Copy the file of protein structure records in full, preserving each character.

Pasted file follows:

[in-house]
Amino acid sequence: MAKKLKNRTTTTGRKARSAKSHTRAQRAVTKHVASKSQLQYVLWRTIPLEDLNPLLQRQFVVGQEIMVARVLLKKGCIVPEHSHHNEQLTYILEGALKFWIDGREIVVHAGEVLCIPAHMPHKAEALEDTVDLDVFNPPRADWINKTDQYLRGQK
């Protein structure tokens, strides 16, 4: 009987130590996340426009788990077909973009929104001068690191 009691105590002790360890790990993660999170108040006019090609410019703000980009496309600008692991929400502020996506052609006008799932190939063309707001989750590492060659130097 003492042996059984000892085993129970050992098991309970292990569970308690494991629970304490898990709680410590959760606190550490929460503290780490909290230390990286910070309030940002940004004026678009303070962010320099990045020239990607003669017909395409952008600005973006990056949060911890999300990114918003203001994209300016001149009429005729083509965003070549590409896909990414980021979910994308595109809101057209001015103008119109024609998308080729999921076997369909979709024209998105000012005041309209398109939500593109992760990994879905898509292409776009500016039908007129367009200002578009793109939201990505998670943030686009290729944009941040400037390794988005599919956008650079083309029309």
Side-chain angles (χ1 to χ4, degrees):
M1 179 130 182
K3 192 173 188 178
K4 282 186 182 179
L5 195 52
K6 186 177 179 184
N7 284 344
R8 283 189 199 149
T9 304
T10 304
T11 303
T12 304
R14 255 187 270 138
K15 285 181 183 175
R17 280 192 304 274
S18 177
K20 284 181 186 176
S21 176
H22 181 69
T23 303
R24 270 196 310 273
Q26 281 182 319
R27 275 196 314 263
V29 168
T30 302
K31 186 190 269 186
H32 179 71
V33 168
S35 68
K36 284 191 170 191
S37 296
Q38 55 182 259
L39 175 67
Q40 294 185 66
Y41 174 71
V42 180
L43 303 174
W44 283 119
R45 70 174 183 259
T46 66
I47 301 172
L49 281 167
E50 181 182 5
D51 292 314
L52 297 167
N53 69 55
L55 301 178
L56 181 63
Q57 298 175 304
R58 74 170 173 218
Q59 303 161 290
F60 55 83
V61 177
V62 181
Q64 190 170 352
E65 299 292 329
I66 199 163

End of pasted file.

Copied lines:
[in-house]
Amino acid sequence: MAKKLKNRTTTTGRKARSAKSHTRAQRAVTKHVASKSQLQYVLWRTIPLEDLNPLLQRQFVVGQEIMVARVLLKKGCIVPEHSHHNEQLTYILEGALKFWIDGREIVVHAGEVLCIPAHMPHKAEALEDTVDLDVFNPPRADWINKTDQYLRGQK
């Protein structure tokens, strides 16, 4: 009987130590996340426009788990077909973009929104001068690191 009691105590002790360890790990993660999170108040006019090609410019703000980009496309600008692991929400502020996506052609006008799932190939063309707001989750590492060659130097 003492042996059984000892085993129970050992098991309970292990569970308690494991629970304490898990709680410590959760606190550490929460503290780490909290230390990286910070309030940002940004004026678009303070962010320099990045020239990607003669017909395409952008600005973006990056949060911890999300990114918003203001994209300016001149009429005729083509965003070549590409896909990414980021979910994308595109809101057209001015103008119109024609998308080729999921076997369909979709024209998105000012005041309209398109939500593109992760990994879905898509292409776009500016039908007129367009200002578009793109939201990505998670943030686009290729944009941040400037390794988005599919956008650079083309029309």
Side-chain angles (χ1 to χ4, degrees):
M1 179 130 182
K3 192 173 188 178
K4 282 186 182 179
L5 195 52
K6 186 177 179 184
N7 284 344
R8 283 189 199 149
T9 304
T10 304
T11 303
T12 304
R14 255 187 270 138
K15 285 181 183 175
R17 280 192 304 274
S18 177
K20 284 181 186 176
S21 176
H22 181 69
T23 303
R24 270 196 310 273
Q26 281 182 319
R27 275 196 314 263
V29 168
T30 302
K31 186 190 269 186
H32 179 71
V33 168
S35 68
K36 284 191 170 191
S37 296
Q38 55 182 259
L39 175 67
Q40 294 185 66
Y41 174 71
V42 180
L43 303 174
W44 283 119
R45 70 174 183 259
T46 66
I47 301 172
L49 281 167
E50 181 182 5
D51 292 314
L52 297 167
N53 69 55
L55 301 178
L56 181 63
Q57 298 175 304
R58 74 170 173 218
Q59 303 161 290
F60 55 83
V61 177
V62 181
Q64 190 170 352
E65 299 292 329
I66 199 163